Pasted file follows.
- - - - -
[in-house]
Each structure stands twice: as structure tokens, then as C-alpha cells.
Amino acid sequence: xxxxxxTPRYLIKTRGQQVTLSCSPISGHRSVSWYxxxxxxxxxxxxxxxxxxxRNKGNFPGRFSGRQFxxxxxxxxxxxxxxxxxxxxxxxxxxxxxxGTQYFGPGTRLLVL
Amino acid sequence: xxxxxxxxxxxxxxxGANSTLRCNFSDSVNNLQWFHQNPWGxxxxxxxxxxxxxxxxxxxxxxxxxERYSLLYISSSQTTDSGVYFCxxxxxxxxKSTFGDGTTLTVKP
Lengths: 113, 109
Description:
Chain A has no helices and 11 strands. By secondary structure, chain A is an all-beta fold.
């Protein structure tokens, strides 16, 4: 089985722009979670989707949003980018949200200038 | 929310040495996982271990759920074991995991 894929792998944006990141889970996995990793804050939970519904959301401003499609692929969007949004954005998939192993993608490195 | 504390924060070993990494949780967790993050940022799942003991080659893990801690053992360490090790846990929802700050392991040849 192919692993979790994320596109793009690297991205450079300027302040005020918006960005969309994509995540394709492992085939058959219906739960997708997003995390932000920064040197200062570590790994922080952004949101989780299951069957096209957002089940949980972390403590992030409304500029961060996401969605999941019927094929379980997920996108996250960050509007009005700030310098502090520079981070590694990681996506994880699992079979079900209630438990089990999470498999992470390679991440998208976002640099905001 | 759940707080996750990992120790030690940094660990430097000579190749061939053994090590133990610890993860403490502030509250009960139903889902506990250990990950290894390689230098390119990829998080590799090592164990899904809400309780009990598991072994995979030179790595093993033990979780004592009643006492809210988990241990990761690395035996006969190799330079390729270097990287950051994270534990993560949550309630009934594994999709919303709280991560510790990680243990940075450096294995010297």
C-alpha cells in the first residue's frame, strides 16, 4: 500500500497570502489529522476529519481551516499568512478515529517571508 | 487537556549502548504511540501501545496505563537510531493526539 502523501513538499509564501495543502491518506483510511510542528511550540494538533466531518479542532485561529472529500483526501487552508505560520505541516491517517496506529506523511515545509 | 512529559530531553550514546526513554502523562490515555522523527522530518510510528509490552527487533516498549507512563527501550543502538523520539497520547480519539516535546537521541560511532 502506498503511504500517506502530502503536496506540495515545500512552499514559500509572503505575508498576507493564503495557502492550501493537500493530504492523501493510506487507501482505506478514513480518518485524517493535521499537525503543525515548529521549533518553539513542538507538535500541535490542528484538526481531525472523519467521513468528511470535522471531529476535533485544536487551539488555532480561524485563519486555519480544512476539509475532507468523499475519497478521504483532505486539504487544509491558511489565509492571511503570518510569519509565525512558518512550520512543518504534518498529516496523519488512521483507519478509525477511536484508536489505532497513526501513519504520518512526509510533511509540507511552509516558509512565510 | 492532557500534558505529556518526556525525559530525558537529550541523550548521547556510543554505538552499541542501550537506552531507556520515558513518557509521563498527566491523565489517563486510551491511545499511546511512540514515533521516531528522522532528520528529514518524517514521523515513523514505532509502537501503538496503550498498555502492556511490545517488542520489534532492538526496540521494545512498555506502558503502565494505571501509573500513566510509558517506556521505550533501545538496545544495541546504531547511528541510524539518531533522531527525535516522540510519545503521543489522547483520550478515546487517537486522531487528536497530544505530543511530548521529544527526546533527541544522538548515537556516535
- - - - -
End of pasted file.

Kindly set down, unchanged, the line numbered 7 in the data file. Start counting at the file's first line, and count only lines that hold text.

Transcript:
Chain A has no helices and 11 strands. By secondary structure, chain A is an all-beta fold.